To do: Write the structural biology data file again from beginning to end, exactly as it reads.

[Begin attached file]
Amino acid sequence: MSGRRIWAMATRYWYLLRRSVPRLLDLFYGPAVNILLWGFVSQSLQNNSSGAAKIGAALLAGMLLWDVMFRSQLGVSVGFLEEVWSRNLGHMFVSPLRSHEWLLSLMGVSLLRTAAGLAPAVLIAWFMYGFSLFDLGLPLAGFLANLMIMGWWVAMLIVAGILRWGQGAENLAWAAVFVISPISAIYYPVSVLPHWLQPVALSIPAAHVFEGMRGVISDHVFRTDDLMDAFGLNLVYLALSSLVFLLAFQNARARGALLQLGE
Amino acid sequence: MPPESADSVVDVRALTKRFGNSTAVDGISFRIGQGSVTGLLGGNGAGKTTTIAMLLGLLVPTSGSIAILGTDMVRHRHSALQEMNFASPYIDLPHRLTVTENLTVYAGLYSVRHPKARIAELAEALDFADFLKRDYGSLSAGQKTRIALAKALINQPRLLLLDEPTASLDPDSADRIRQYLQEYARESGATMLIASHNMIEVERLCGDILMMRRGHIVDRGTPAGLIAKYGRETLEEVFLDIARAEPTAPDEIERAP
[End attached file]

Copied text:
Amino acid sequence: MSGRRIWAMATRYWYLLRRSVPRLLDLFYGPAVNILLWGFVSQSLQNNSSGAAKIGAALLAGMLLWDVMFRSQLGVSVGFLEEVWSRNLGHMFVSPLRSHEWLLSLMGVSLLRTAAGLAPAVLIAWFMYGFSLFDLGLPLAGFLANLMIMGWWVAMLIVAGILRWGQGAENLAWAAVFVISPISAIYYPVSVLPHWLQPVALSIPAAHVFEGMRGVISDHVFRTDDLMDAFGLNLVYLALSSLVFLLAFQNARARGALLQLGE
Amino acid sequence: MPPESADSVVDVRALTKRFGNSTAVDGISFRIGQGSVTGLLGGNGAGKTTTIAMLLGLLVPTSGSIAILGTDMVRHRHSALQEMNFASPYIDLPHRLTVTENLTVYAGLYSVRHPKARIAELAEALDFADFLKRDYGSLSAGQKTRIALAKALINQPRLLLLDEPTASLDPDSADRIRQYLQEYARESGATMLIASHNMIEVERLCGDILMMRRGHIVDRGTPAGLIAKYGRETLEEVFLDIARAEPTAPDEIERAP